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3
Support - (fb2k) / How about the "Library files could not be written" dialog ?
Last post by wcs13 -
Hi, here's the dialog. I get it EVERY TIME I close foobar.
Often I have to click two or three times on "Try again" until it finally works and I can quit foobar properly.
AFAIK I've had it since foobar 1.4 (now I'm in 1.4.1 and the problem persists).
I'm running Windows 7 SP1 x64.
Any thoughts ?
4
Vinyl / Re: 192/32 needed for digitized vinyl to sound as analogue as possible
Last post by old tech -
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However I have noticed on cheaper T/T cart combinations there does seem to be a somewhat artificial widening of the sound stage.  It's hard to describe, almost like the fake surround sound some soundbars put out which of course, DSPs can emulate if that is one's thing.

I have never given this much thought but I presume it is due to phase shifts, which vinyl playback always has but more so with less well engineered or correctly aligned set-ups.  Any thoughts on this?
If the cartridge is wired wrong the left & right channels can be out-of-phase (one channel inverted).   You'll get the same "weird widening" effect if you reverse the wires to one speaker (or if you invert one channel in an audio editor).    You'll also notice a loss of bass as the bass soundwaves cancel, and if you mix-down to mono (electrically or digitally) you'll get a "vocal removal"  effect where the "center channel" information (the information common to left & right) gets canceled..

Thanks for the info but I and many others have noticed this under normal conditions where the wiring and polarity are correct.  However, it does become less noticeable with higher quality cartridges/arms and proper alignment.

Could it just be an artefact of the one stylus trying to track two channels causing phase timing errors?  If so, it would stand to reason that a better engineered cartridge/arm and alignment would bring the sound stage closer to the more precise digital reproduction.
5
Vinyl / Re: 192/32 needed for digitized vinyl to sound as analogue as possible
Last post by old tech -
If I take a look closer to my new Cds (EAC accurately ripped and so on), I can't understand why the "factory default" CD sound is likely flat, louder and way beyond the full scale (0 dB). All right, sounds good for a boombox but for my PC Hi-Fi system it's a little bit more harshly. I have to de-amplify to -12dB and then to make some compression and normalization to -3dB to get an acceptable sound from CD. I tested CDs from various artists, Pink Floyd, AC/DC, Genesis, Alan Parsons, The Band, Fleetwood Mac, Manfred Mann's Earth Band and all sounds are way beyond the full scale (0 dB). Is this a CD standard? Not happend when I record the same LPs from new vinyls to DSD 5.6 MHz and then converted to wav 196/32, 96/32, 48/32 or 44/16.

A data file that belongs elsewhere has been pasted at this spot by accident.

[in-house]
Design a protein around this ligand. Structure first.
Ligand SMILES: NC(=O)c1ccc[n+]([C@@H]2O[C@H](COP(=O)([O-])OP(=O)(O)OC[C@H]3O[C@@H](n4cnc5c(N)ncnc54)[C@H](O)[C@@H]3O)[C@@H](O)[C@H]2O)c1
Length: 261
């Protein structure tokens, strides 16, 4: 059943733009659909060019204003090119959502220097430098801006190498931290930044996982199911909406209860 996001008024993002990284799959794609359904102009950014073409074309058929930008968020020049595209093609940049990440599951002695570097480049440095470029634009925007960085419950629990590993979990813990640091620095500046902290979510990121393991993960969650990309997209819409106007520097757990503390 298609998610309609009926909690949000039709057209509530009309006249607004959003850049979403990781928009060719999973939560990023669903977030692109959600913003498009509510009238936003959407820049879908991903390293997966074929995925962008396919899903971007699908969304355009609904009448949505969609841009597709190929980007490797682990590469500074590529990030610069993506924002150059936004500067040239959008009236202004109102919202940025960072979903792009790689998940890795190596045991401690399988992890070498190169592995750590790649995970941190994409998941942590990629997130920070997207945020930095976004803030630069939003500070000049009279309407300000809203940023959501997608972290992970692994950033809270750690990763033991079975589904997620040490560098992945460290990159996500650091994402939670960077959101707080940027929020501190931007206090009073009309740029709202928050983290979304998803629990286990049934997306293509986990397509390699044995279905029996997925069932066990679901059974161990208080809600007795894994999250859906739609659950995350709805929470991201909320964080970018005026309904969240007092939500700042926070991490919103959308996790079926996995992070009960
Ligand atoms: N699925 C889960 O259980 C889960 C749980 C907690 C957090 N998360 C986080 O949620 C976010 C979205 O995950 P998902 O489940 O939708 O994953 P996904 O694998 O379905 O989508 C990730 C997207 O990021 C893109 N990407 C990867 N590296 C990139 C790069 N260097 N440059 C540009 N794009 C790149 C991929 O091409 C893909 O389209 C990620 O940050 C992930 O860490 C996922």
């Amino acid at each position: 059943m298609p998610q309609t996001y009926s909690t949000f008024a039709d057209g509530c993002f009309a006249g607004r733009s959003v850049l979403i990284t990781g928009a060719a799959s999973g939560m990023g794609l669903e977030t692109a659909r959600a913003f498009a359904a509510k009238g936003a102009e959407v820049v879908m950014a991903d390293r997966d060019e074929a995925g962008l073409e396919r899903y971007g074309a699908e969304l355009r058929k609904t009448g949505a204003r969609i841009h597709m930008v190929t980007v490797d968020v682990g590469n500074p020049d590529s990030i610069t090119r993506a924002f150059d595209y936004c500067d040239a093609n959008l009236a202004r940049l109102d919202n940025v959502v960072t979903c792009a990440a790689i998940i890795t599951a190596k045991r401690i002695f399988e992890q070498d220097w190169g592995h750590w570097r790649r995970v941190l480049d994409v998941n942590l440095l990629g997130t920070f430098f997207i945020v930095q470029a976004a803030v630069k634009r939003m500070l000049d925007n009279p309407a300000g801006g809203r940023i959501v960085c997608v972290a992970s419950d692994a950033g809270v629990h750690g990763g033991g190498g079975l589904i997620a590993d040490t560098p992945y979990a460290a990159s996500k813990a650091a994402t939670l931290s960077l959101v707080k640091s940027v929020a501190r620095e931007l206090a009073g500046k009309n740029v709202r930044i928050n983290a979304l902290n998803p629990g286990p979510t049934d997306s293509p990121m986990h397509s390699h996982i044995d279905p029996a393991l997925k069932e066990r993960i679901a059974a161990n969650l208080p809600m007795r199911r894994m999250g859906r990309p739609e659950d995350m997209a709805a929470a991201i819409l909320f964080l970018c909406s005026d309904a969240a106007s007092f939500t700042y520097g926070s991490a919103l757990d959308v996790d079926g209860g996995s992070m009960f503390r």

You're definitately doing something wrong there.  I have CDs of these bands and they sound great, though it probably depends on which issue or remaster.  For example, I have the 1983 Dark Side of the Moon (non TO) black triangle CD which has the same tape source and Sony mastering as the excellent 1977 Japan Pro Use LP, which I also have. Comparing the two side by side they sound almost identical, with the edge to the CD being slightly more dynamic and consistent across the album, ie no IGD as the LP plays towards the centre.  This CD, along with many other early Japan CDs has pre-emphasis, so if you do not de-emphasise the CD rip it will sound a little bit shrill.
6
General Audio / Re: fb2k's foo_hdcd not as good as hdcd.exe?
Last post by kode54 -
Sheesh. I only did that to prevent false positives, which are a dime a dozen when it comes to the HDCD format. If you don't like it, I can just make it always process, and never auto detect, and you'll just notice that all of your lossless formats decode slower than 500-600 times real time, skewing any benchmarks that people love to tout about their machines. Because this decoder is slow, even with these optimizations.
9
Audio Hardware / Re: Objective measurements of portable players using df-metric
Last post by Serge Smirnoff -
Is it even possible to be *audibly* better? (if "better" = objectively better, as in less distortion, flatter FR, etc.)
In case of traditional audio metric (that you mentioned) relationship between perceived audio quality and objective measurements is poor and your question is understandable. In SE audio metric such relationship is more defined, so in some cases we can safely predict subjective quality from objective measurements.

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Still most of audio files that we listen are 44.1.
Not true, with the rise of Opus which basically makes everything 48kHz.
You'll be right when Opus become mainstream.

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Most real-life audio material (especially if it is perfectly mixed and mastered) has natural high frequency roll-off
Most real-life audio material (especially if it is perfectly mixed and mastered) has quite a lot of energy above 20 kHz (that is, between 20 kHz and the upper limit which is usually 22050 Hz), even with roll-off it's still quite a lot; and sometimes people use extreme settings for noise shaping (for 16 bit conversion) which adds to that band too. Humans, though, don't hear that band at all, so taking it into account at all would introduce unnecessary mistakes.
The test set “Variety” (2 hours of music), which is used for df-measurements has the following overall amplitude-frequency characteristic:



Not so much energy between 20kHz and 22.5kHz indeed.
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